Kidney Function and Arterial Calcification in Major Vascular Beds

Sanaz Sedaghat, Ewout J. Hoorn, M. Arfan Ikram, Carolien Koop-Nieuwelink, Maryam Kavousi, Oscar H. Franco, Aad van der Lugt, Meike W. Vernooij, Daniel Bos*

*Corresponding author for this work

Research output: Contribution to journalArticle

2 Scopus citations

Abstract

Background: The purpose of this study was to investigate the association between kidney function and arterial calcification in major vascular beds and to establish whether arterial calcification mediates the relation between kidney function measures and cardiovascular disease (CVD) incidence. Methods and Results: In 2241 participants from the Rotterdam Study (mean age 69 years, 52% female), kidney function was assessed using the estimated glomerular filtration rate and urine albumin-to-creatinine ratio. All participants underwent noncontrast computed tomography to quantify the amount of arterial calcification in the coronary arteries, aortic arch, extracranial, and intracranial internal carotid arteries. We used linear regression models, adjusted for age, sex, and cardiovascular risk factors, to evaluate the association between kidney function and arterial calcification volume in the 4 vessel beds. Incidence rate of CVD was calculated in 3 groups of participants based on their kidney function and presence of arterial calcification. We conducted mediation analysis to evaluate whether arterial calcification mediates this association. We found that in age- and sex-adjusted models, lower estimated glomerular filtration rate and higher albumin-to-creatinine ratio were associated with larger calcification volumes in all 4 vascular beds. Adjusting for cardiovascular risk factors attenuated the effect estimates. CVD incidence was higher in participants with estimated glomerular filtration rate <60 mL/min per 1.73 m2 and presence of arterial calcification compared with individuals with estimated glomerular filtration rate >60 and no calcification. After adjusting for cardiovascular risk factors, arterial calcification did not mediate the association between kidney function measures and CVD incidence. Conclusions: The association of impaired kidney function and larger volumes of arterial calcification is partly explained by cardiovascular risk factors. Arterial calcification does not mediate the association between kidney function and CVD beyond cardiovascular risk factors.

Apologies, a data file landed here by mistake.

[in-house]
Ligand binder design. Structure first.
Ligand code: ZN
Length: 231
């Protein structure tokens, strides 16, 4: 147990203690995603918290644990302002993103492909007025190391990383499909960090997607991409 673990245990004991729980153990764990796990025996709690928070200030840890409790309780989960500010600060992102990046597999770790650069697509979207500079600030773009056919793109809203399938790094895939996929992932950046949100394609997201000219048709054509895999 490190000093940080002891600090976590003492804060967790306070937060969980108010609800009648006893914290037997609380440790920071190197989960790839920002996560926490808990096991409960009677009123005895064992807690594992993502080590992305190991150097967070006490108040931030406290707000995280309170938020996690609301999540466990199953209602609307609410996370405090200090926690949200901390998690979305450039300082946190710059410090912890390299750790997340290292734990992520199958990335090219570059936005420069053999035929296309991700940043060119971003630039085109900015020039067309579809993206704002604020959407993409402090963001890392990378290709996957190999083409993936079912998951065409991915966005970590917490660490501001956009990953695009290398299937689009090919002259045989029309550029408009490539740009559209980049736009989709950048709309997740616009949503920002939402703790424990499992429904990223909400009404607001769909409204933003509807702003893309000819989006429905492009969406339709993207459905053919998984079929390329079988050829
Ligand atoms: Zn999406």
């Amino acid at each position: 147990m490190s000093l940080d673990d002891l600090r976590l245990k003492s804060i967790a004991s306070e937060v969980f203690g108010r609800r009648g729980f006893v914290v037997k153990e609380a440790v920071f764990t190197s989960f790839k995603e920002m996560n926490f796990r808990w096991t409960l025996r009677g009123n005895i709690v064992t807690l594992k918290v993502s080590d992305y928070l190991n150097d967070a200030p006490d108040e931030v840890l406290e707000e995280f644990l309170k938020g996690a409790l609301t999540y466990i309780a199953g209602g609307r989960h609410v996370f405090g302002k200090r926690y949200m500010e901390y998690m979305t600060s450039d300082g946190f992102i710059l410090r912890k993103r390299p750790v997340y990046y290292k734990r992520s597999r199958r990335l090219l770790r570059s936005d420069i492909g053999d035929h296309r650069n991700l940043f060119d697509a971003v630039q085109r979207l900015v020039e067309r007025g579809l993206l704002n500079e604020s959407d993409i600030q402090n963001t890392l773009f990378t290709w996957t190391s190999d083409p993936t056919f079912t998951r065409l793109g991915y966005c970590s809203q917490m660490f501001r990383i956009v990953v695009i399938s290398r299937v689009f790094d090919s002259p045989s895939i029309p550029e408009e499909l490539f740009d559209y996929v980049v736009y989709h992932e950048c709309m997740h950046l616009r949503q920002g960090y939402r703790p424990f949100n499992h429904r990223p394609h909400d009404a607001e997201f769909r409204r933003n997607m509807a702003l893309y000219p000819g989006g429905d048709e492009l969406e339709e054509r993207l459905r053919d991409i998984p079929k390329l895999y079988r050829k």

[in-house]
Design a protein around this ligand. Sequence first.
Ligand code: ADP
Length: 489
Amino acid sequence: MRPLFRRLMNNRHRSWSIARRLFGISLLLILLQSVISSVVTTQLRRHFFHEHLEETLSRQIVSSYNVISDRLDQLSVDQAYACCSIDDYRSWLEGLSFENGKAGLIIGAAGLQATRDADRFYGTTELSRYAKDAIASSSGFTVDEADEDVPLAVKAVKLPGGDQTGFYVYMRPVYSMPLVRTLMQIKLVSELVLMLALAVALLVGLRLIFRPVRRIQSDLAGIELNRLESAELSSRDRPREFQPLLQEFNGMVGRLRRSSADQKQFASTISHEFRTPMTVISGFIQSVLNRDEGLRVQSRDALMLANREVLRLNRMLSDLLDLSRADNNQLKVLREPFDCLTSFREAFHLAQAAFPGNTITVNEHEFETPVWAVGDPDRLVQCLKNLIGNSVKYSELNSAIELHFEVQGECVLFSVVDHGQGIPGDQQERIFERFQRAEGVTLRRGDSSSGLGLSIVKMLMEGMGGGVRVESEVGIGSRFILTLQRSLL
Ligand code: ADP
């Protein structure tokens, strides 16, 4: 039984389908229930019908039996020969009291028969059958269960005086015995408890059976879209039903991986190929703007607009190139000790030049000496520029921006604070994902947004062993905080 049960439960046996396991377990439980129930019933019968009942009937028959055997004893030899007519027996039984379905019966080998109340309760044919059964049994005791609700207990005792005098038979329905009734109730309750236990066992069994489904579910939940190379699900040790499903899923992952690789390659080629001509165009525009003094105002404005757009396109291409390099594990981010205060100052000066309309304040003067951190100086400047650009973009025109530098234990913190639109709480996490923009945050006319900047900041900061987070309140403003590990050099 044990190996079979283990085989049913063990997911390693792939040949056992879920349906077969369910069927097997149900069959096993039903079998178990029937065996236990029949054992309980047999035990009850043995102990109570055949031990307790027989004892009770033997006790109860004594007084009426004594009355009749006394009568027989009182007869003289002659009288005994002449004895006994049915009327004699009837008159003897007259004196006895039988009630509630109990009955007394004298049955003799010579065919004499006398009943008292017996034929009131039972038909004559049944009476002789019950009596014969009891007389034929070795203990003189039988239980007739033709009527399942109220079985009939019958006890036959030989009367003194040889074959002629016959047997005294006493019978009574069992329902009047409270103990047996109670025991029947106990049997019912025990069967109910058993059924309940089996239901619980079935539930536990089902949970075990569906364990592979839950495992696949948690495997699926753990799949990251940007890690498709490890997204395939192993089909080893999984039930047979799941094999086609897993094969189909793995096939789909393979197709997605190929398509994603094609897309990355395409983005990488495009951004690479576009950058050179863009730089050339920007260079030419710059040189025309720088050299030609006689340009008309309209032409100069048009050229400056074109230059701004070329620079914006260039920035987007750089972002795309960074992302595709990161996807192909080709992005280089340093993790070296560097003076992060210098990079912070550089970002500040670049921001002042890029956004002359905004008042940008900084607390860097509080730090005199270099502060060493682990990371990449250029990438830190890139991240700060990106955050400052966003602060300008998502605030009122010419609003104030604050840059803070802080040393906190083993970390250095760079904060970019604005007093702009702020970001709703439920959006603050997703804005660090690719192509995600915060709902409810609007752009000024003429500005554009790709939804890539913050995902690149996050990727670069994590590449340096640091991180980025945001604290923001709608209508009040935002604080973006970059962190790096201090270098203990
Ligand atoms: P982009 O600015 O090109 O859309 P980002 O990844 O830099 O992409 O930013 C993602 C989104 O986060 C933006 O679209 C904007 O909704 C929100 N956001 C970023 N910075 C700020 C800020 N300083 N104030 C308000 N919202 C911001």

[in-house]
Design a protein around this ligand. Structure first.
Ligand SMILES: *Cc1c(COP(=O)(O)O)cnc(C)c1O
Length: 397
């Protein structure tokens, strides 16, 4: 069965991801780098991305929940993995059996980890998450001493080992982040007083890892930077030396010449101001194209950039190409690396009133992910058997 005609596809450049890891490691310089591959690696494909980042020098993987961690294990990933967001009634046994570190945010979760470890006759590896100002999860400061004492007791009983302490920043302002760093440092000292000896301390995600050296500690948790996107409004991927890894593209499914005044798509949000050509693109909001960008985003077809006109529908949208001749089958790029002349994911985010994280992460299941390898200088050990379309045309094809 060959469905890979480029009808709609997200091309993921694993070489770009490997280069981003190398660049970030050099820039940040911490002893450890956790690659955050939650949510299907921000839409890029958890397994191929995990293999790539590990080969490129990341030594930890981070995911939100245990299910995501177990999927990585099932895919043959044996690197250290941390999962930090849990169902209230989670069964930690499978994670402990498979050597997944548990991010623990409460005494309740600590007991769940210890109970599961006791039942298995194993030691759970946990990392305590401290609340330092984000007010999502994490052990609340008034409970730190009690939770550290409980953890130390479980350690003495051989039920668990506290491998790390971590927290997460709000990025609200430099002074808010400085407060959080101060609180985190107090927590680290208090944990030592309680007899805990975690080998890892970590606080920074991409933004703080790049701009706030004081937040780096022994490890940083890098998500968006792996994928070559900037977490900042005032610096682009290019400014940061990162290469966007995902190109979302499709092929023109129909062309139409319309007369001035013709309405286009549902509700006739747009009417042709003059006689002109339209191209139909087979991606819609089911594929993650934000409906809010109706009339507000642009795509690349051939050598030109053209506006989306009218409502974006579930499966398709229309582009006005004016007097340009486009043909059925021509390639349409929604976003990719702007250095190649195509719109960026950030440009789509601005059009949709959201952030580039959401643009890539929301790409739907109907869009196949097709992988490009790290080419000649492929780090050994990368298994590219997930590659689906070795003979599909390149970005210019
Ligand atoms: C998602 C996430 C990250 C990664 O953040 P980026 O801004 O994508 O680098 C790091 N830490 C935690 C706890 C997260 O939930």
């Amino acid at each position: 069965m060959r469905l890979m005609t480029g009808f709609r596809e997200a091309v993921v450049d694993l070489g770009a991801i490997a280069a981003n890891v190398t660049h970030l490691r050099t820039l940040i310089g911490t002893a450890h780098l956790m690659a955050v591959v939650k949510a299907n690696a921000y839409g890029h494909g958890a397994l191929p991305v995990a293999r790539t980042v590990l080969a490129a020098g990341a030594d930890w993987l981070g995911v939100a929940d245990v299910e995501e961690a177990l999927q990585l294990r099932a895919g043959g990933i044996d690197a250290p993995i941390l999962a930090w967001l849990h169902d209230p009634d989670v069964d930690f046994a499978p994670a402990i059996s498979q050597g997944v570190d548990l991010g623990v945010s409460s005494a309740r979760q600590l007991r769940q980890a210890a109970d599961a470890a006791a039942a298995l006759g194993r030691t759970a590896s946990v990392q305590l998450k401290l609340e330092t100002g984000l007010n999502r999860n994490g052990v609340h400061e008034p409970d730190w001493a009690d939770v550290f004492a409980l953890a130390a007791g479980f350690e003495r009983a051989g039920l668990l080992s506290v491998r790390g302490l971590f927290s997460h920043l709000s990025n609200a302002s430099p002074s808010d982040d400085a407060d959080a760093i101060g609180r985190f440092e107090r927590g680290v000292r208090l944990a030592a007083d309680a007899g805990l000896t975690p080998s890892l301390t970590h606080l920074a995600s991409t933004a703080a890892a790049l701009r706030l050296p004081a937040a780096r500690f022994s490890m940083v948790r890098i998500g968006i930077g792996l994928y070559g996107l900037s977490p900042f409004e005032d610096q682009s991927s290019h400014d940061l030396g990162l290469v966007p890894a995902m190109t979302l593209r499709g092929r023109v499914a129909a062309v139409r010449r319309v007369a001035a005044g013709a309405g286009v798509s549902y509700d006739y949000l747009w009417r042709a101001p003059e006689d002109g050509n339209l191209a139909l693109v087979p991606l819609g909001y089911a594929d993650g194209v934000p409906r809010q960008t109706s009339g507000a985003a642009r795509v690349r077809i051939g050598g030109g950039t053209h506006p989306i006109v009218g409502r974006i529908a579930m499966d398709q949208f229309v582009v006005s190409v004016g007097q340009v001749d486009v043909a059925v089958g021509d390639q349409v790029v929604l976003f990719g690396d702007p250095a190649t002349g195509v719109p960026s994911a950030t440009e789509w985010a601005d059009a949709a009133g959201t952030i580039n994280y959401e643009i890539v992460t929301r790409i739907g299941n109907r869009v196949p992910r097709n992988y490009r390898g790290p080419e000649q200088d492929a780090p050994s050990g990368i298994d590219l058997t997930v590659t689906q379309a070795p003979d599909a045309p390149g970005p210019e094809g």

Original languageEnglish (US)
Article numbere010930
JournalJournal of the American Heart Association
Volume8
Issue number9
DOIs
StatePublished - May 7 2019

Keywords

  • atherosclerosis
  • calcification
  • computed tomography
  • imaging
  • kidney

ASJC Scopus subject areas

  • Cardiology and Cardiovascular Medicine

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    Sedaghat, S., Hoorn, E. J., Ikram, M. A., Koop-Nieuwelink, C., Kavousi, M., Franco, O. H., van der Lugt, A., Vernooij, M. W., & Bos, D. (2019). Kidney Function and Arterial Calcification in Major Vascular Beds. Journal of the American Heart Association, 8(9), [e010930]. https://doi.org/10.1161/JAHA.118.010930